C14's remarkable behavior is very useful to us because of two further fabulous facts: First, despite its strange manner of having a half life, it behaves just like regular carbon as it cycles through the ecosystem, sometimes as a constituent of the gas carbon dioxide, or CO2, sometimes as a carbohydrate inside a plant's body, or whatever.
The second fabulous fact about C14 is that since it both appears and disappears at given rates, and surely has been doing so ever since Earth had an atmosphere with nitrogen in it, it can be assumed that the ratio between regular carbon and C14 in the atmosphere has long remained the same.
Therefore, imagine this: A typical green plant spends its day "photosynthesizing" -- using energy from sunlight to convert water and carbon dioxide into its "food," which later becomes part of the plant's own body. The vast majority of the carbon comprising the carbon dioxide used during photosynthesis is regular carbon, but a certain small percentage is C14. This means that, ultimately, the carbon in the plant's body itself will be composed of a certain predictable quantity of C14.
Now imagine that the plant dies, decays into a kind of compost, and a snail eats the compost. The result will be that the snail's body will ultimately be composed of essentially the same ratio of C14 to regular carbon as the plant.
Then the snail dies and is buried beneath... loess, let's say. Now, after a certain time we dig up the fossil snail's shell, analyze the shell's C14 content, and find that it is exactly half of the C14 found in a living snail's body. Therefore...
Since C14's half life is 5,568 years, we can estimate that our fossil snail lived approximately that many years ago. If the C14 content had been exactly one-quarter of that found in a living snail, we'd estimate an age of about 11,100 years.
Unfortunately, after about 30,000 years the concentration of C14 in fossil specimens becomes so small that it becomes chancy to estimate times from the small concentrations. However, for something that lived 20,000-years ago, C14 dating works great!
It's good to have this confidence in C14 dating up to the 20,000-year mark because during the mid 1960s our much-mentioned team of investigators from Millsaps College in Jackson, Mississippi, headed by J.O Snowden, Jr. and Richard R. Priddy, pulled up to a considerable-size road cut on the U.S. Highway 61 Bypass at Vicksburg, Mississippi -- a road cut through unmistakably classic loess -- scraped away part of the road cut's weathered face, and found some white, thumbnail-size fossil snails, just like the ones that once caused B. Shimek's heart to flutter in our "Snails were telling us" section.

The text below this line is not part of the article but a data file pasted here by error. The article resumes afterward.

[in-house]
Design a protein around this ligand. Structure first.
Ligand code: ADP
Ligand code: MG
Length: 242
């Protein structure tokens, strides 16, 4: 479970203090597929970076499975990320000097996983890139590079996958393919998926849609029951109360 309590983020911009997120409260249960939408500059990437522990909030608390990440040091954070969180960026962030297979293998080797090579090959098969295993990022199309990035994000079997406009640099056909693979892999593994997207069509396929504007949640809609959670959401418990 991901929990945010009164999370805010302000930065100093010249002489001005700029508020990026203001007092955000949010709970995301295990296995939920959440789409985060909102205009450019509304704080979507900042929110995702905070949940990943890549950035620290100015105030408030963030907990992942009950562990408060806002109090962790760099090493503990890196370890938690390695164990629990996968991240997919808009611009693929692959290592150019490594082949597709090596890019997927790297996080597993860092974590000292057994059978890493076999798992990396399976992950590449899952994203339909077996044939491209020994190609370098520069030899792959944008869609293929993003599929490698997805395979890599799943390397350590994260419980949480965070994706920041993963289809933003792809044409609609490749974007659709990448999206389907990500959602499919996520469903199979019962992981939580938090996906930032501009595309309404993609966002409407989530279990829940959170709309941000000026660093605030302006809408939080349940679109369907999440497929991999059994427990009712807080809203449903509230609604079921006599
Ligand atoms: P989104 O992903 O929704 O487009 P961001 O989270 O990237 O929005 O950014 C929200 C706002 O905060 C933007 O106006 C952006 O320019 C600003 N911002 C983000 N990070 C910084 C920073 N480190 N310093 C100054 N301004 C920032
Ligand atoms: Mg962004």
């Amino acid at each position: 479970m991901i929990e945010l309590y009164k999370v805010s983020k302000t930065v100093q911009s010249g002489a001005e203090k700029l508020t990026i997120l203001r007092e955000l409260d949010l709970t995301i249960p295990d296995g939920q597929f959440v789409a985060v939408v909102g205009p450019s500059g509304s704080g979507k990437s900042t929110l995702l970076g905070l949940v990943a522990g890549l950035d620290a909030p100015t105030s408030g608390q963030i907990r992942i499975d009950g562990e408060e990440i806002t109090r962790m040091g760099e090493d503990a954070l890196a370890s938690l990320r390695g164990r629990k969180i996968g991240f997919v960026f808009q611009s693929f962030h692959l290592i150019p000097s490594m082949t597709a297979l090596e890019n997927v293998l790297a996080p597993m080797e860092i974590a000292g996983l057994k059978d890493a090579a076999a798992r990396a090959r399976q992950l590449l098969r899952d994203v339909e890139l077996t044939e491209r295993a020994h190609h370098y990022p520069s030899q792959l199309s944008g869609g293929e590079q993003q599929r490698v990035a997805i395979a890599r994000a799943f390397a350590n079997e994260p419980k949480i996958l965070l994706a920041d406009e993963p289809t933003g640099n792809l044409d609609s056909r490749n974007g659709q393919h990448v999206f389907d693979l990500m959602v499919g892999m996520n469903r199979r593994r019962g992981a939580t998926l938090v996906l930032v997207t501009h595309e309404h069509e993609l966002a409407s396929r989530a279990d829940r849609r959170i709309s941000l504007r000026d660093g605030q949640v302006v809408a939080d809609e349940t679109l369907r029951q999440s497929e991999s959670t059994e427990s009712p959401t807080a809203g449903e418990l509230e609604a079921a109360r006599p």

In this road-cut loess at Vicksburg, fossil snail shells lay embedded at various levels, some at the top, some at the bottom, and some in between. The investigators gingerly pried shells from various levels, and lovingly stored them out of harm's way. Eventually the shells were checked for their C14 content both at the U.S. Department of Agriculture Sedimentation Laboratory in Oxford, Mississippi, and by a company called Isotopes, Inc., of Westwood, New Jersey.
When the reports on estimated dates-of-snail-death came back, the numbers harmonized with previous estimates with the loess's age, they confirmed aspects of a magnificent story, they were simply glorious to see.
The snail-shell samples had been taken at five different levels. The topmost sample taken were judged as 17,850 years old, give or take 380 years. The middle sample was placed at 19,250 years old, give or take 350 years. The lowest sample registered at 25,300 years old, give or take 1,000 years.
In short, the snails tell us that our loess was deposited during a long period between about 25,000 and 18,000 years ago, which is toward the end of the last Ice Age.